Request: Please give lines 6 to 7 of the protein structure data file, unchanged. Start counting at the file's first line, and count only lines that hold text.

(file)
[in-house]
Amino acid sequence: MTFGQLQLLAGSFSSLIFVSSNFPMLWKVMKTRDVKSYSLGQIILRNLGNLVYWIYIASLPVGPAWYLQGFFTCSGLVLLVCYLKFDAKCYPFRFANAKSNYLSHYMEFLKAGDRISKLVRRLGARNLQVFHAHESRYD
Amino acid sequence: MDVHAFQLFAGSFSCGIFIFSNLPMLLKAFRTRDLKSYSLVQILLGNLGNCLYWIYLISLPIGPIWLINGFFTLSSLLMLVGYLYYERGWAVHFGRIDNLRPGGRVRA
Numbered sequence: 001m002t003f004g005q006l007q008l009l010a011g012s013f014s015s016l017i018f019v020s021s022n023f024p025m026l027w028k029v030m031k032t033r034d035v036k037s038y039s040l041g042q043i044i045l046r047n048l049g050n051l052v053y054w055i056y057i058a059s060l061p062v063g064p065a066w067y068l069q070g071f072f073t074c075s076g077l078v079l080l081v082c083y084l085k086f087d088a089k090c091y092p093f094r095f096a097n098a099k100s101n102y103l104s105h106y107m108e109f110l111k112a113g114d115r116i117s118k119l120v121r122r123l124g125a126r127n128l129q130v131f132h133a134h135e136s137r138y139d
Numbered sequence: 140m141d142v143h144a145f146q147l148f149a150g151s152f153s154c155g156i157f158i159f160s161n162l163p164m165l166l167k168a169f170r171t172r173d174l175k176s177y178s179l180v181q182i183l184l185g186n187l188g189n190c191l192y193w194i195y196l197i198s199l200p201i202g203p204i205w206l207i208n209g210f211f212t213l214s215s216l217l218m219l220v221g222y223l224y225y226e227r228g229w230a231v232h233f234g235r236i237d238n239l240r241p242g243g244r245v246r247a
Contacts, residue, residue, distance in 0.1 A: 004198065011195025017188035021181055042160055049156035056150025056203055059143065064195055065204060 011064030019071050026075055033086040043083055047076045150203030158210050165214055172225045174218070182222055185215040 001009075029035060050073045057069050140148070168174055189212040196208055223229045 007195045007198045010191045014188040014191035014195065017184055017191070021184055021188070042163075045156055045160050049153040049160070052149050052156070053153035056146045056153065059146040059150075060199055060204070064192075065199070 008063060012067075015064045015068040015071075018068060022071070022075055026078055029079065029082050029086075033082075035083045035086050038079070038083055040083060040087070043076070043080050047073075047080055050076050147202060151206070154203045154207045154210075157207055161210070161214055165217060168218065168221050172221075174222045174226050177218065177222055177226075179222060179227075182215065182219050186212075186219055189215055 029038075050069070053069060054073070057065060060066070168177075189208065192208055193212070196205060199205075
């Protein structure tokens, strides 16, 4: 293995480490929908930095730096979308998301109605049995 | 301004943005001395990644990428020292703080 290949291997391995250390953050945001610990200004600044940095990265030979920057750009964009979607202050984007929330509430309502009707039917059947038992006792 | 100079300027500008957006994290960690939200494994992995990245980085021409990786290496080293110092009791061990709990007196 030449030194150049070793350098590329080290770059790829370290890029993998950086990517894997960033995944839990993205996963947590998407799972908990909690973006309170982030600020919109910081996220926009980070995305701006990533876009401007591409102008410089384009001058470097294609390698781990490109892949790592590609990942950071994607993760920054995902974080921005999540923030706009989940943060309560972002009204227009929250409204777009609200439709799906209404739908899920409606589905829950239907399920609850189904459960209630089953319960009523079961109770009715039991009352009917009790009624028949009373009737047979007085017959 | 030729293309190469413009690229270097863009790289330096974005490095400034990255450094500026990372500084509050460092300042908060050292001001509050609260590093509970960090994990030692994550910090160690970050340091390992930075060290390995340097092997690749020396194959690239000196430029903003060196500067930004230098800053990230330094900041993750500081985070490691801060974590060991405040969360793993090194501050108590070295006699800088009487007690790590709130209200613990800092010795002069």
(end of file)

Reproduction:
Contacts, residue, residue, distance in 0.1 A: 004198065011195025017188035021181055042160055049156035056150025056203055059143065064195055065204060 011064030019071050026075055033086040043083055047076045150203030158210050165214055172225045174218070182222055185215040 001009075029035060050073045057069050140148070168174055189212040196208055223229045 007195045007198045010191045014188040014191035014195065017184055017191070021184055021188070042163075045156055045160050049153040049160070052149050052156070053153035056146045056153065059146040059150075060199055060204070064192075065199070 008063060012067075015064045015068040015071075018068060022071070022075055026078055029079065029082050029086075033082075035083045035086050038079070038083055040083060040087070043076070043080050047073075047080055050076050147202060151206070154203045154207045154210075157207055161210070161214055165217060168218065168221050172221075174222045174226050177218065177222055177226075179222060179227075182215065182219050186212075186219055189215055 029038075050069070053069060054073070057065060060066070168177075189208065192208055193212070196205060199205075
């Protein structure tokens, strides 16, 4: 293995480490929908930095730096979308998301109605049995 | 301004943005001395990644990428020292703080 290949291997391995250390953050945001610990200004600044940095990265030979920057750009964009979607202050984007929330509430309502009707039917059947038992006792 | 100079300027500008957006994290960690939200494994992995990245980085021409990786290496080293110092009791061990709990007196 030449030194150049070793350098590329080290770059790829370290890029993998950086990517894997960033995944839990993205996963947590998407799972908990909690973006309170982030600020919109910081996220926009980070995305701006990533876009401007591409102008410089384009001058470097294609390698781990490109892949790592590609990942950071994607993760920054995902974080921005999540923030706009989940943060309560972002009204227009929250409204777009609200439709799906209404739908899920409606589905829950239907399920609850189904459960209630089953319960009523079961109770009715039991009352009917009790009624028949009373009737047979007085017959 | 030729293309190469413009690229270097863009790289330096974005490095400034990255450094500026990372500084509050460092300042908060050292001001509050609260590093509970960090994990030692994550910090160690970050340091390992930075060290390995340097092997690749020396194959690239000196430029903003060196500067930004230098800053990230330094900041993750500081985070490691801060974590060991405040969360793993090194501050108590070295006699800088009487007690790590709130209200613990800092010795002069």